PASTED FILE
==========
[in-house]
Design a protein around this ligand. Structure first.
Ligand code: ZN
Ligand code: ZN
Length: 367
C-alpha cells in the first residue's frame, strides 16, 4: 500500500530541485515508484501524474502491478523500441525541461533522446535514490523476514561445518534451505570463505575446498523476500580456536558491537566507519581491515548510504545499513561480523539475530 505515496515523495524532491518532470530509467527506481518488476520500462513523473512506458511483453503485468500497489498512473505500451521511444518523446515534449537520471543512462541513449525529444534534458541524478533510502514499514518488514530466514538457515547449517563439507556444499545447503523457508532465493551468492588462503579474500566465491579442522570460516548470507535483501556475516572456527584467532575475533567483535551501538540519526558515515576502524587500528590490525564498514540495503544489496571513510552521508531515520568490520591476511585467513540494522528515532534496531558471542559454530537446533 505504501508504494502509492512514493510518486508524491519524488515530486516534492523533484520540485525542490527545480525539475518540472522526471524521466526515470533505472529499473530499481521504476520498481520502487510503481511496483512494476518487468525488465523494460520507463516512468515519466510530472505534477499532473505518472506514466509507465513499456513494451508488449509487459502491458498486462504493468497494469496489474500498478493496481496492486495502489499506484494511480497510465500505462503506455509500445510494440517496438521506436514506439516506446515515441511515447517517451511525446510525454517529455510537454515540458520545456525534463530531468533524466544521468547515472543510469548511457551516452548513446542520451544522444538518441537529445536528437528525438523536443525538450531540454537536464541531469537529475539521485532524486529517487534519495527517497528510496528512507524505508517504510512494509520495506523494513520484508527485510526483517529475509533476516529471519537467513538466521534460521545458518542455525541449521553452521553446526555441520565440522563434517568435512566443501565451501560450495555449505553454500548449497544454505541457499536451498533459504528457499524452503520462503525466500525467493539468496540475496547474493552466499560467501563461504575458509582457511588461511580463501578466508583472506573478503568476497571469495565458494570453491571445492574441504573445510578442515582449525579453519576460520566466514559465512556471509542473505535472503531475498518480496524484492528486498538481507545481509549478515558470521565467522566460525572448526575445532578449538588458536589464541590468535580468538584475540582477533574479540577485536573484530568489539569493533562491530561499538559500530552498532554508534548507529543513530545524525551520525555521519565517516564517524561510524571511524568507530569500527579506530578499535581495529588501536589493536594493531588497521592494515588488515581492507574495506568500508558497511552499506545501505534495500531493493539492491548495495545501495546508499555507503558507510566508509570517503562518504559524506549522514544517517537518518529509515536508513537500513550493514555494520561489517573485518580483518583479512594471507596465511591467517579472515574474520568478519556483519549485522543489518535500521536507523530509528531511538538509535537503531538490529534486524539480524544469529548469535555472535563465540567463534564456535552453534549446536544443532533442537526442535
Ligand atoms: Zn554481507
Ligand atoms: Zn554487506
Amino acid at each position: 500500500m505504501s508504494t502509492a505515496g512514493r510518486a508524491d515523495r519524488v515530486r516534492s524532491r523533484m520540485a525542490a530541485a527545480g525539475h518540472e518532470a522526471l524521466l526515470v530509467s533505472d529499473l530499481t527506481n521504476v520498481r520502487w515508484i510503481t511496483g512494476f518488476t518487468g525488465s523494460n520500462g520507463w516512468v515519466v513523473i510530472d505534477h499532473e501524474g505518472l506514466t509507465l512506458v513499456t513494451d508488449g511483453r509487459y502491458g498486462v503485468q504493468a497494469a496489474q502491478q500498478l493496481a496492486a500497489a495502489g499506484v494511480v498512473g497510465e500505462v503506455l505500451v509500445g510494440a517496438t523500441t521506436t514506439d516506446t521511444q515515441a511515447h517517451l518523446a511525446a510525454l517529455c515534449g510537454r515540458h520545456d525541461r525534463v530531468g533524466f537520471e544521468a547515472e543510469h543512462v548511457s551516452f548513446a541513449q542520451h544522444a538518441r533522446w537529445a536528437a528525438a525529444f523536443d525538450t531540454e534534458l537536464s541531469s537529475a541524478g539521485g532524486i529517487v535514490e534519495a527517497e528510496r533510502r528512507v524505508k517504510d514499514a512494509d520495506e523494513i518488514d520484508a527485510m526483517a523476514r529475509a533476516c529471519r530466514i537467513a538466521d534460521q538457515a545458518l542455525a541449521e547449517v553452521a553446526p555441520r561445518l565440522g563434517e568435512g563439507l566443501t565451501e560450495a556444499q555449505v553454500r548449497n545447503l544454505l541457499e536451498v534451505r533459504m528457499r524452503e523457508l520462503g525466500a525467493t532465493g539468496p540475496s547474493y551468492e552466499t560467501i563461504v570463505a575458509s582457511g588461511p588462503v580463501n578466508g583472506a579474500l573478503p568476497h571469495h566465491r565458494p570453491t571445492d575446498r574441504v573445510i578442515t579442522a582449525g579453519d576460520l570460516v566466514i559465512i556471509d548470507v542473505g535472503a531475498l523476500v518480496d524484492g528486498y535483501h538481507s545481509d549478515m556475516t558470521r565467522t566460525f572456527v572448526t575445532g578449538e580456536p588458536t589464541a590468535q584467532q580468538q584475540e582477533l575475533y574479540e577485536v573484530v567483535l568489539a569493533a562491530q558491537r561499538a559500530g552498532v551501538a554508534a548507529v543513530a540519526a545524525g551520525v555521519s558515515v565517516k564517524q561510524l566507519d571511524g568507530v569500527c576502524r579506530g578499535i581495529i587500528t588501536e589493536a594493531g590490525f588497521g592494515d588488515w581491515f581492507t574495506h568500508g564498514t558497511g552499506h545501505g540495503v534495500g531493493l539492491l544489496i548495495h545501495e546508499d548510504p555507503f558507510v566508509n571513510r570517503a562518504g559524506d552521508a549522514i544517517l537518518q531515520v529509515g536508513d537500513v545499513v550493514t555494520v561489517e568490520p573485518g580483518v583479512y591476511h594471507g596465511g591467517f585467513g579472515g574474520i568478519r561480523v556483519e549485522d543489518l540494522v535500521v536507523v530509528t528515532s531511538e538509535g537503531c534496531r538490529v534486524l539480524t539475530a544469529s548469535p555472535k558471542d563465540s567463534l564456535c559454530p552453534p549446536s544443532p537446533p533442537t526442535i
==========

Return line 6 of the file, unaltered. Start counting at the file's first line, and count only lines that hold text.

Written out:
C-alpha cells in the first residue's frame, strides 16, 4: 500500500530541485515508484501524474502491478523500441525541461533522446535514490523476514561445518534451505570463505575446498523476500580456536558491537566507519581491515548510504545499513561480523539475530 505515496515523495524532491518532470530509467527506481518488476520500462513523473512506458511483453503485468500497489498512473505500451521511444518523446515534449537520471543512462541513449525529444534534458541524478533510502514499514518488514530466514538457515547449517563439507556444499545447503523457508532465493551468492588462503579474500566465491579442522570460516548470507535483501556475516572456527584467532575475533567483535551501538540519526558515515576502524587500528590490525564498514540495503544489496571513510552521508531515520568490520591476511585467513540494522528515532534496531558471542559454530537446533 505504501508504494502509492512514493510518486508524491519524488515530486516534492523533484520540485525542490527545480525539475518540472522526471524521466526515470533505472529499473530499481521504476520498481520502487510503481511496483512494476518487468525488465523494460520507463516512468515519466510530472505534477499532473505518472506514466509507465513499456513494451508488449509487459502491458498486462504493468497494469496489474500498478493496481496492486495502489499506484494511480497510465500505462503506455509500445510494440517496438521506436514506439516506446515515441511515447517517451511525446510525454517529455510537454515540458520545456525534463530531468533524466544521468547515472543510469548511457551516452548513446542520451544522444538518441537529445536528437528525438523536443525538450531540454537536464541531469537529475539521485532524486529517487534519495527517497528510496528512507524505508517504510512494509520495506523494513520484508527485510526483517529475509533476516529471519537467513538466521534460521545458518542455525541449521553452521553446526555441520565440522563434517568435512566443501565451501560450495555449505553454500548449497544454505541457499536451498533459504528457499524452503520462503525466500525467493539468496540475496547474493552466499560467501563461504575458509582457511588461511580463501578466508583472506573478503568476497571469495565458494570453491571445492574441504573445510578442515582449525579453519576460520566466514559465512556471509542473505535472503531475498518480496524484492528486498538481507545481509549478515558470521565467522566460525572448526575445532578449538588458536589464541590468535580468538584475540582477533574479540577485536573484530568489539569493533562491530561499538559500530552498532554508534548507529543513530545524525551520525555521519565517516564517524561510524571511524568507530569500527579506530578499535581495529588501536589493536594493531588497521592494515588488515581492507574495506568500508558497511552499506545501505534495500531493493539492491548495495545501495546508499555507503558507510566508509570517503562518504559524506549522514544517517537518518529509515536508513537500513550493514555494520561489517573485518580483518583479512594471507596465511591467517579472515574474520568478519556483519549485522543489518535500521536507523530509528531511538538509535537503531538490529534486524539480524544469529548469535555472535563465540567463534564456535552453534549446536544443532533442537526442535